Crop areas and sheep numbers increase in latest farm census

A National Statistics Publication for Scotland.

The latest set of figures on farming in Scotland shows increases in cereals, potatoes and sheep, but cattle numbers were down slightly. There was a small increase in the area rented, but the area of secure tenancies decreased.

The Scottish Government’s Chief Statistician today released the results from the June 2017 Agricultural Census.

There was an overall increase in area of cereals of 7,500 hectares (two per cent), with barley up 4,400 hectares (two per cent). The area of wheat remained similar to last year, with oats increasing by 1,400 hectares. Fallow land decreased by 4,500 hectares (ten per cent) to 38,500 hectares.

Oilseed saw an increase of 3,500 hectares (11 per cent) and potatoes saw a small increase, of 1,800 hectares (six per cent) to 29,000 hectares. There were also increases in the area of vegetables for human consumption (eight per cent), and of fruit (ten per cent). However, the area of crops for stock-feed decreased again slightly (three per cent).

Sheep numbers increased for the fourth consecutive year, up 160,000 (two per cent) to 7 million, though that is still lower than in 2008. Cattle numbers decreased again slightly, to 1.78 million, continuing a longer-term decline in numbers since the 1970s. Both dairy and beef numbers were down slightly.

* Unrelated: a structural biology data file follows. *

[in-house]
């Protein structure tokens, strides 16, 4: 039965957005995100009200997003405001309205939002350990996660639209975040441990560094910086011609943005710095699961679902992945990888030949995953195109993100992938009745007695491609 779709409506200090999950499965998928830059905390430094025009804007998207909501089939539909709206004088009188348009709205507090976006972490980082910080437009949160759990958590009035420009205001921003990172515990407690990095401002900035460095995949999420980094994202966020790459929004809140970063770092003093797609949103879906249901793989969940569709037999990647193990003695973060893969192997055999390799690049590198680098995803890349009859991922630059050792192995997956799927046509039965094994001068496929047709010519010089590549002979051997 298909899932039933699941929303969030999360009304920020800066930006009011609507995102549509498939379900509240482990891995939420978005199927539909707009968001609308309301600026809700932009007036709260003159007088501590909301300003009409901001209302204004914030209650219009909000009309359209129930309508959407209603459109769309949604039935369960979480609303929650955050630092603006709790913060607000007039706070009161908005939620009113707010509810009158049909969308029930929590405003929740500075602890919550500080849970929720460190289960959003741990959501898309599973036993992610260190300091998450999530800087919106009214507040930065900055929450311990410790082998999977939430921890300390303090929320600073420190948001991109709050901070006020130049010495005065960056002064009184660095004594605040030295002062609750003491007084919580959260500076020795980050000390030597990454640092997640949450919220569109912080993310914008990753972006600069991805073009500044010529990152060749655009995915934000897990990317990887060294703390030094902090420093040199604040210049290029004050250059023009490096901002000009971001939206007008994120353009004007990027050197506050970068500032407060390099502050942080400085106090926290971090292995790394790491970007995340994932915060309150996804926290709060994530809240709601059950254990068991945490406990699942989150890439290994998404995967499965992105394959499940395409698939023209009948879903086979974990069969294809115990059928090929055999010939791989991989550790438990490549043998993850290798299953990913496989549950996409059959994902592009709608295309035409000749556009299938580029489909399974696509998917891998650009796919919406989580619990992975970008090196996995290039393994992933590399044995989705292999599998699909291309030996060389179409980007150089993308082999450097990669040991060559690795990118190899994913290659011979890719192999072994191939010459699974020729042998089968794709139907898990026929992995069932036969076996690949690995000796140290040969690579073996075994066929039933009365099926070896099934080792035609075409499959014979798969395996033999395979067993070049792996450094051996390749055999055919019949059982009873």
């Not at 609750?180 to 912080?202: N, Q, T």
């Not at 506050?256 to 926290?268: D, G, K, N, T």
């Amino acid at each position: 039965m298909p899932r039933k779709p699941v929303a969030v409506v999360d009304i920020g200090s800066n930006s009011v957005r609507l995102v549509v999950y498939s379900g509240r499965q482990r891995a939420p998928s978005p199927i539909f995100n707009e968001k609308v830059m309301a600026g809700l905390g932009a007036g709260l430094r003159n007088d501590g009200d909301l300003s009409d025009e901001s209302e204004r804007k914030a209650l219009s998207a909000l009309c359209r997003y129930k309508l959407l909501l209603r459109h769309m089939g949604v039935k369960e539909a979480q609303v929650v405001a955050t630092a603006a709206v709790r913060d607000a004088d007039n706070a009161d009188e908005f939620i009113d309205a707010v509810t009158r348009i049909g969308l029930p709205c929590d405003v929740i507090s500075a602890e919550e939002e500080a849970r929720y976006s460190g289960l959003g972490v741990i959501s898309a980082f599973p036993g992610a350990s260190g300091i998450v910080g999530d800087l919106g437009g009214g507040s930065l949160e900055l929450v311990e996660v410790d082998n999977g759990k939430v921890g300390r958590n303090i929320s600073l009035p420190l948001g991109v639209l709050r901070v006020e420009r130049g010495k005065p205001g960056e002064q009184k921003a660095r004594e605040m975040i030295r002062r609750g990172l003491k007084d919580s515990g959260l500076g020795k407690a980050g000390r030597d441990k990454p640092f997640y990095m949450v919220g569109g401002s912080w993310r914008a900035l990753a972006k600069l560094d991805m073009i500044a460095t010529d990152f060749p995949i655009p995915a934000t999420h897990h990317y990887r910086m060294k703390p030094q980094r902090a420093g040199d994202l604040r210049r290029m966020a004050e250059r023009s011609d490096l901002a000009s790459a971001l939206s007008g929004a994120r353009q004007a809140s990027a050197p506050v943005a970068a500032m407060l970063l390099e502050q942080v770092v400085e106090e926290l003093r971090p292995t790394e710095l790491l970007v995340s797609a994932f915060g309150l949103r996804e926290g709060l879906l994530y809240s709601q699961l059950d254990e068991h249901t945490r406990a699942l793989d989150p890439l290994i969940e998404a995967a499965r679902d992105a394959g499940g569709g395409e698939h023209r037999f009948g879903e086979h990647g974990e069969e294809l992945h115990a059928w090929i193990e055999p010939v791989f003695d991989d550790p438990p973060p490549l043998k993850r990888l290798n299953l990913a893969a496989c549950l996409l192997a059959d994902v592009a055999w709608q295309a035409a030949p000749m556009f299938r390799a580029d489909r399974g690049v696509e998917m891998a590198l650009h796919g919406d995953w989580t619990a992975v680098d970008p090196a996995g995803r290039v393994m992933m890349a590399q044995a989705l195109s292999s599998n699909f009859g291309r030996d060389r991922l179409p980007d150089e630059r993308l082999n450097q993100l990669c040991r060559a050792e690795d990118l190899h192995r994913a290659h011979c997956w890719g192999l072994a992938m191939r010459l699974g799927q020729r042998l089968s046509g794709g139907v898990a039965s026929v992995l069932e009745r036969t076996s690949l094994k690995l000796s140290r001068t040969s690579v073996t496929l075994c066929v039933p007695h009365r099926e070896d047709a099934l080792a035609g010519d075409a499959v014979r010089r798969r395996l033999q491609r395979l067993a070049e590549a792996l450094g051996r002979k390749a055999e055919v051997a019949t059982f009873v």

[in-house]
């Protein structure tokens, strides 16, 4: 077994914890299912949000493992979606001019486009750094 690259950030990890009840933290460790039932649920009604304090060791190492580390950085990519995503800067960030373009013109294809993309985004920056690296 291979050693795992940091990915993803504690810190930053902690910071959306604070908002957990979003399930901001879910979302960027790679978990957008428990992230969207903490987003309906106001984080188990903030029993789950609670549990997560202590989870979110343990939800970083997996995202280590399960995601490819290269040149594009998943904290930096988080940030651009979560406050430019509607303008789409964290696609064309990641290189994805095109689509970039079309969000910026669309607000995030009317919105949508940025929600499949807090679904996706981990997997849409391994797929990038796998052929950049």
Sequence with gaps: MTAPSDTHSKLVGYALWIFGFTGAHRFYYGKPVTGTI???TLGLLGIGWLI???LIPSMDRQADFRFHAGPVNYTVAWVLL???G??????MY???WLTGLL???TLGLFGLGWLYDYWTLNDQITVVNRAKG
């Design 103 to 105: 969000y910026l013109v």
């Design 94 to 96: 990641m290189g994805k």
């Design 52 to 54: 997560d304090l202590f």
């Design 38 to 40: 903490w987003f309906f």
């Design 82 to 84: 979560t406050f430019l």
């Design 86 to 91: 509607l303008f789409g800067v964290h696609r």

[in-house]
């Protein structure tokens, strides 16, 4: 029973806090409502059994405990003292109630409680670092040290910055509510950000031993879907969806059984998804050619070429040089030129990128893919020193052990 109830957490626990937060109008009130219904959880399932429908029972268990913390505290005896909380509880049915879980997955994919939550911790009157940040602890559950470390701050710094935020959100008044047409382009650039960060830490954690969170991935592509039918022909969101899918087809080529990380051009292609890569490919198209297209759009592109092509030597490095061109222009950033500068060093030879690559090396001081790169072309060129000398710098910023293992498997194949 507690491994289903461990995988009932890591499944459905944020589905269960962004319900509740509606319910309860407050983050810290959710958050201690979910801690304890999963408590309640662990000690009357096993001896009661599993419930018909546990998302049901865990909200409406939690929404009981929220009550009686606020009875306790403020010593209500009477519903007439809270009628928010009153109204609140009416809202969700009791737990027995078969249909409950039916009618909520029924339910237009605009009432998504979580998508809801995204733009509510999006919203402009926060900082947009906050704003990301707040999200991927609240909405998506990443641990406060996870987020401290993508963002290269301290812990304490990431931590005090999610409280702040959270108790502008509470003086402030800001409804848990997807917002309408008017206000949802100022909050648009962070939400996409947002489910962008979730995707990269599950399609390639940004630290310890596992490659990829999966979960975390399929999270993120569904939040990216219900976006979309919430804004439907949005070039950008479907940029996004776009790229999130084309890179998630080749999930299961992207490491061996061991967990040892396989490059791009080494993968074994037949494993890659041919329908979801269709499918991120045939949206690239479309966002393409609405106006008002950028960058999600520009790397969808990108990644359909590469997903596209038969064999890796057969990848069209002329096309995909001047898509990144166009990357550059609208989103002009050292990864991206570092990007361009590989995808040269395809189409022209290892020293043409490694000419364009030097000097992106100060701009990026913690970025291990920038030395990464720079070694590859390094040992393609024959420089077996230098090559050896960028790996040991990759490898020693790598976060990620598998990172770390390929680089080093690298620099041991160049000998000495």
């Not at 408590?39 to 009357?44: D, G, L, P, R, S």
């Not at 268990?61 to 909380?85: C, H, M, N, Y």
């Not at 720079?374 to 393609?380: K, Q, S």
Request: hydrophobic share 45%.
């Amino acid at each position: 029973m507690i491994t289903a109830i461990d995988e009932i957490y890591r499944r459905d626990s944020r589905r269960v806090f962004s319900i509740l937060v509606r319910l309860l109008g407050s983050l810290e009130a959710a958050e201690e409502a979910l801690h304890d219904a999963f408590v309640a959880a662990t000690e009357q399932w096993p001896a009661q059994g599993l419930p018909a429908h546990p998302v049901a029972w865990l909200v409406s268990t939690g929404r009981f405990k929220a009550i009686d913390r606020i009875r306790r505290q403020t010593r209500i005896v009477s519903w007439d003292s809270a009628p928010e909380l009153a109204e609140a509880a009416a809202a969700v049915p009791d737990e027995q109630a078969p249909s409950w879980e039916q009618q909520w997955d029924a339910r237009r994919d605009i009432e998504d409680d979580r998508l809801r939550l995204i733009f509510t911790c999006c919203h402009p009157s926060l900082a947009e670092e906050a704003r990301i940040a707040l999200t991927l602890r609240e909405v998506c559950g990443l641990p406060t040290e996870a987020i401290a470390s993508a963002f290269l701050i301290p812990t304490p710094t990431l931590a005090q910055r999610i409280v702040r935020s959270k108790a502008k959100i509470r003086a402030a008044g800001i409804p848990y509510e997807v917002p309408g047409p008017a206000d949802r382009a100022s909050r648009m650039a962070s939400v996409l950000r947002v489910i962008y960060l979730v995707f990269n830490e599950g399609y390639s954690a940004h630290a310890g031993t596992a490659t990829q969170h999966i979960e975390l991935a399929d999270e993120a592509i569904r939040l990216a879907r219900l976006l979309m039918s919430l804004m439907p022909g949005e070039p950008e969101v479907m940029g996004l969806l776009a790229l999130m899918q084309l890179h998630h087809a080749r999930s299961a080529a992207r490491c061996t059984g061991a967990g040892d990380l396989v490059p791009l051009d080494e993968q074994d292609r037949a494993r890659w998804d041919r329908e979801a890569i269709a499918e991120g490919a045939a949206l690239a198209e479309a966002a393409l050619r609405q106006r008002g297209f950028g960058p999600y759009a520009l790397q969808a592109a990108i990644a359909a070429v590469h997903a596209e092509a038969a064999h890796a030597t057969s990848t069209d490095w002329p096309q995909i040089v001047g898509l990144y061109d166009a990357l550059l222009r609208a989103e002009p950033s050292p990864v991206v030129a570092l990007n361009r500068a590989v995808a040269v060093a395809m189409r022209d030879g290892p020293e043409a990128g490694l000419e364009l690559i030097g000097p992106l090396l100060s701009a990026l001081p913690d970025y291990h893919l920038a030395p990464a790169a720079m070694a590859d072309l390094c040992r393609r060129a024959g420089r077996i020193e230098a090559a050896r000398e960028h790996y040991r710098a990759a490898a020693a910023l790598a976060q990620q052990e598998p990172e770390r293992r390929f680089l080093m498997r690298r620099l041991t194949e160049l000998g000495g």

The changes in pig and poultry numbers were small. Pig numbers fell slightly by 4,300 (one per cent) to 326,000. Overall, poultry numbers increased slightly by 182,000 (one per cent), with an increase in layers to 6.8 million (up eight per cent). The number of broilers fell four per cent to 6.2 million.

There were 67,000 people employed on agricultural holdings. This was up 3,600 on 2016.

The proportion of land rented was 23 per cent, very slightly up on 2016, with a fall in 91 Act secure land (tenancy and partnership) of about 51,000 hectares and an increase in Short Duration Limited Tenancy (SDLT) or Limited Duration Tenancy (LDT) land of about 63,000 hectares. An estimated 6,432 holdings had tenancy arrangements, down 160 on last year.

About 80 per cent of the area of Scotland is agricultural land, in 51,400 agricultural holdings.


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2.            These statistics are used by government and stakeholders to monitor and assess the economic well-being of the agricultural sector and for policy evaluation, and to fulfil statutory requirements for the European Commission. Further information on Agriculture and Fisheries statistics within Scotland can be accessed at:

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